If someone with a text-messaging enabled mobile device saw your call to action, “Text WAYNE to 12345 to get Lil’ Wayne’s newest single!”), they could type in the keyword, send it to a short code and Voila! they were listening to Weezy right from their mobile phone.

Of course, it didn’t always work that smoothly or all the time.

If you had Verizon phone, for example, which restricted hyperlinks, good luck trying to click through to the URL provided on the link you received.

Or if you hit your monthly messaging limit, you wouldn’t be able to send or receive text messages at all.

And at the time, mobile payments were restricted to paying for premium mobile content on your wireless carrier bill.

In order to complete a purchase, there was a double opt-in process, where the user had to validate that they wanted the content and understood the costs and conditions associated with the offer.

Typically, taking advantage of these premium offers involved giving your wireless carrier AND the aggregator AND (in some instances) the content platform provider a portion of the fees associated with that purchase.

Subscription chat lines and information services, like KGBKGB, sprung up to tap into users’ voracious appetite for texting.

You couldn’t buy tangible things with your mobile device.

Outside of wallpapers, ringtones and music downloads, mobile content was the only thing you could really purchase.

Today, that’s no longer the case.

Smartphones, mobile web sites, and mobile apps let you use your mobile phone to purchase virtually anything.

You’re no longer tethered to your wireless carrier if you want buy something.

iTunes and the proliferation of copycat app stores mean that you can cop plenty of compelling content right to your device.

And not have AT&T or Verizon Wireless mucking about in the transaction.

But there’s a different mobile payments space growing and maturing.

We’ve seen early glimpses of that with PayPal.

Apps like Square that have turned your mobile phone into a payment processing center.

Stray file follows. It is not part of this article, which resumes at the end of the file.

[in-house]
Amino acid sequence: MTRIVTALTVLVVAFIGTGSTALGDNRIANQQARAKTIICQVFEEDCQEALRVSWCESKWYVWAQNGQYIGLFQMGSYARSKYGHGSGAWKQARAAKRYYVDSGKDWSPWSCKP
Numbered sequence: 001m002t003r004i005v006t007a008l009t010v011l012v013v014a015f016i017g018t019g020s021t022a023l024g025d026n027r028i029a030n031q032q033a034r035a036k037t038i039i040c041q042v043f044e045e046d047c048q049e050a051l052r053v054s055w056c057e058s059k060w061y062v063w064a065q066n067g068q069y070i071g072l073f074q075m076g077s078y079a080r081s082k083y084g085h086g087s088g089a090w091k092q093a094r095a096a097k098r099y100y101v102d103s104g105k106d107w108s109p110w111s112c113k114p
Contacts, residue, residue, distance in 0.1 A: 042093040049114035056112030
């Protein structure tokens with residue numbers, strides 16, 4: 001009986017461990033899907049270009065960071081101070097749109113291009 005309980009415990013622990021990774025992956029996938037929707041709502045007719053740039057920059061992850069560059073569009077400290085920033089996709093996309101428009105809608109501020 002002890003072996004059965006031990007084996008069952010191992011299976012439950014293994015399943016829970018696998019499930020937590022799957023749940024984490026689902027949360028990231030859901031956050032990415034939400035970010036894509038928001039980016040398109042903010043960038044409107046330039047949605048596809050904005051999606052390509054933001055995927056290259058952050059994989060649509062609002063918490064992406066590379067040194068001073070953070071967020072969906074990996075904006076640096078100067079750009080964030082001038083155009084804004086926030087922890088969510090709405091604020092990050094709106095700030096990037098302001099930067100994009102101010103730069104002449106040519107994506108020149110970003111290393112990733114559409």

In Europe and Asia, paying using your mobile device is commonplace.

But here in the states, the growth of mobile payments has advanced at a snail’s pace.

Until now.

Google Wallet is a mobile payment system that allows its users to store their debit cards, credit cards, loyalty cards, and gift cards on their mobile phones.

Using near-field communication (NFC), Google Wallet lets users make secure payments by simply tapping their phone on any PayPass-enabled terminal at checkout.

Although Google Wallet launched in 2011, it was only this August, that they set up expanded support to all major credit and debit cards including Visa, MasterCard, American Express, and Discover.

What does it all mean?

Well for one, you’re no longer reduced to making mobile payments solely with PayPal.

More importantly, the tedious process of entering your payment information, name, address, credit card number, expiration date, security code, etc., is as simple as providing your username and password.

This is a real boon for online retailers, who see the majority of their drop offs occurring at checkout.

The best thing about Google Wallet, unlike PayPal (the carriers) and virtually any other merchant processing system, is that they don’t charge processing fees.

No fees?

That’s awesome!

Mind you, I’m not a Google person myself.

Google Wallet doesn’t work on iOS devices.

So unless there’s an app in the works, hundreds of millions of Apple users will be in the dark.

But big up to all you Android users, who have the ability to truly experience what the mobile revolution is shaping up to be…

At least as it relates to mobile payments.

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Filed under apps, digital advocacy, mobile, technology